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Henry Charles Beeching, ed. (1859–1919). Lyra Sacra: A Book of Religious Verse. 1903.

By Hartley Coleridge (1796–1849)

The Just shall live by Faith

“THE JUST 1 shall live by faith,”—and why? That faith
By which they live is all that makes them just,
The sole antagonist to the inborn lust
And malice that subjects them to the death
Which Adam earn’d, Cain, Abel suffered, Seth        5
Bequeath’d to all his progeny; who must
Suffer the primal doom of dust to dust,
And for uncertain respite hold their breath.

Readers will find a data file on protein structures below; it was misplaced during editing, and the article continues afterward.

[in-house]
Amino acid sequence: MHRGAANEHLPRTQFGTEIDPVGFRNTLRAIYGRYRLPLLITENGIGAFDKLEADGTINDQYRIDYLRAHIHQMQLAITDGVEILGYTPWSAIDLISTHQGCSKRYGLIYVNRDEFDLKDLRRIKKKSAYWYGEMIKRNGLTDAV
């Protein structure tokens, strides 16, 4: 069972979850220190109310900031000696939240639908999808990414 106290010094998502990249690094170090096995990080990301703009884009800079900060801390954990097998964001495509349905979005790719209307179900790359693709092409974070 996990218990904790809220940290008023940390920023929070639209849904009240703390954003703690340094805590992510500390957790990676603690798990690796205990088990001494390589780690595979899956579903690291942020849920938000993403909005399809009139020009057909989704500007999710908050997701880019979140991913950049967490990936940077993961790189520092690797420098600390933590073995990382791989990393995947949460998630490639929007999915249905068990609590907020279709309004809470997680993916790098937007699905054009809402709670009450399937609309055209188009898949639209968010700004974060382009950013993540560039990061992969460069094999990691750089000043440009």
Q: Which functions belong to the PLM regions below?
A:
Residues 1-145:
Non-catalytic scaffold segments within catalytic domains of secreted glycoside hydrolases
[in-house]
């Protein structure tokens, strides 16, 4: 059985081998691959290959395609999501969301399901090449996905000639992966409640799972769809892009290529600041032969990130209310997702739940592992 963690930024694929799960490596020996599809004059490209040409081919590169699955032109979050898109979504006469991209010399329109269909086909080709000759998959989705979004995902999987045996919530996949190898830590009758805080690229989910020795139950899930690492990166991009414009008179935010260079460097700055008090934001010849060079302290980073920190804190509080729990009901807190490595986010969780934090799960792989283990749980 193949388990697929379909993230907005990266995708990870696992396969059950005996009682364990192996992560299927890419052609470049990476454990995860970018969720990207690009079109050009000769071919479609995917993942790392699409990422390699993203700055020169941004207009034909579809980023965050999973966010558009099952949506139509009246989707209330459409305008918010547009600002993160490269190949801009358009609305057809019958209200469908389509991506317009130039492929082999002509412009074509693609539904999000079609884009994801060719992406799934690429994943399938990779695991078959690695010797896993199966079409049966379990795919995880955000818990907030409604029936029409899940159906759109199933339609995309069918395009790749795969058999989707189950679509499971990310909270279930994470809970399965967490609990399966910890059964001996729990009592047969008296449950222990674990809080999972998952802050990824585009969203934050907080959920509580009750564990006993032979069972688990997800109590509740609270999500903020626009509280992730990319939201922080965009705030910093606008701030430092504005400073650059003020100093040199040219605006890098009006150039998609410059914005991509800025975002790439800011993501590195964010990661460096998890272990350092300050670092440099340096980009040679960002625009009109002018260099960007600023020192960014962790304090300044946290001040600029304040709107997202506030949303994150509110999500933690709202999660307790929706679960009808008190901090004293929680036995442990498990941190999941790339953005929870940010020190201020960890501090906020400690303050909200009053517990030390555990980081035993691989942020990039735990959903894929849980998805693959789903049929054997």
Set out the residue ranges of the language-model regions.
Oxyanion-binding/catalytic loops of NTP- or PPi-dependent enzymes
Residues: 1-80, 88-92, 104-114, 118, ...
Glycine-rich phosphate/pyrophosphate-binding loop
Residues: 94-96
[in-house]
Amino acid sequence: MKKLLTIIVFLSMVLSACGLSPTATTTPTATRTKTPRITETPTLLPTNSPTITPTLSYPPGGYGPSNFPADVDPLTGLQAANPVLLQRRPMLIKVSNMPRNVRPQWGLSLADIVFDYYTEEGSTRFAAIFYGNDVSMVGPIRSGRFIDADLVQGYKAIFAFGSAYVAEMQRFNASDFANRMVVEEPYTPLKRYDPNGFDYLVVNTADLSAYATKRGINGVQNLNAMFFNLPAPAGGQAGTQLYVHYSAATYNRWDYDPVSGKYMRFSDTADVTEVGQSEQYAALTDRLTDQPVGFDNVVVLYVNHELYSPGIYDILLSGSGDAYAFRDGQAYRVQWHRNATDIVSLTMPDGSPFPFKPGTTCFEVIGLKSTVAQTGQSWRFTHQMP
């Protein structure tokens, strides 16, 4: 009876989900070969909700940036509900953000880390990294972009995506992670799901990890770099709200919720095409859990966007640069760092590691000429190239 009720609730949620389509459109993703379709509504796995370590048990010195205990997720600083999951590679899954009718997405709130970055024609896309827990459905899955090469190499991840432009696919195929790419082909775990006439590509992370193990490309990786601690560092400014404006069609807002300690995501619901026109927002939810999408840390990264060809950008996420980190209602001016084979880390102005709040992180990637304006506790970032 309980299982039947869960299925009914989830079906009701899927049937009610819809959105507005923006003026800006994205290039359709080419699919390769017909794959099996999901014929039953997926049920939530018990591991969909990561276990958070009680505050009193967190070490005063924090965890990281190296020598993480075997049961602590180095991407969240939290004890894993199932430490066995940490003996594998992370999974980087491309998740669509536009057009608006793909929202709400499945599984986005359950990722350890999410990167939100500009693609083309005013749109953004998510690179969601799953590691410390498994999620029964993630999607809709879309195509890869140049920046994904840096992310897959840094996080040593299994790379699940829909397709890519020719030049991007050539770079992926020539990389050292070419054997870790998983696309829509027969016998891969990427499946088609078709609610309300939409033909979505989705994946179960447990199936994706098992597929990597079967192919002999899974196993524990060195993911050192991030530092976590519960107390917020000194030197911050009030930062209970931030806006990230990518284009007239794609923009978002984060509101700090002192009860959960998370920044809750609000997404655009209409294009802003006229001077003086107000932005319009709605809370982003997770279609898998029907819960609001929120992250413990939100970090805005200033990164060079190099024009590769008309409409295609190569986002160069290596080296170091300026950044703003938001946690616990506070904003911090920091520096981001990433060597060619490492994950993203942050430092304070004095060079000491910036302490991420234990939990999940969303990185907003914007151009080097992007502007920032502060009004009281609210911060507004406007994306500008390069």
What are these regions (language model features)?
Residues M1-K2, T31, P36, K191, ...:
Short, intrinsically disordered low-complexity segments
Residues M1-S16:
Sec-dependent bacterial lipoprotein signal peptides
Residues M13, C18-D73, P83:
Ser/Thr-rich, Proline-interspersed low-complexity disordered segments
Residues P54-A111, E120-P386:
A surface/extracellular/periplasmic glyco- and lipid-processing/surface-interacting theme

Think not the faith by which the just shall live
Is a dead creed, a map correct of heaven,        10
Far less a feeling fond and fugitive,
A thoughtless gift, withdrawn as soon as given.
It is an affirmation and an act
That bids eternal truth be present fact.
Note 1. Hartley Coleridge, eldest son of Samuel Taylor Coleridge, who, with his father’s weakness of will inherited also some of his genius, lived most of his life in the Lake Country. Wordsworth’s ode to him, at six years old, besides being a singularly beautiful poem, showed great insight into his character. His most successful poetical performances are the sonnets, which he wrote at a jet, without labour or polishing. [back]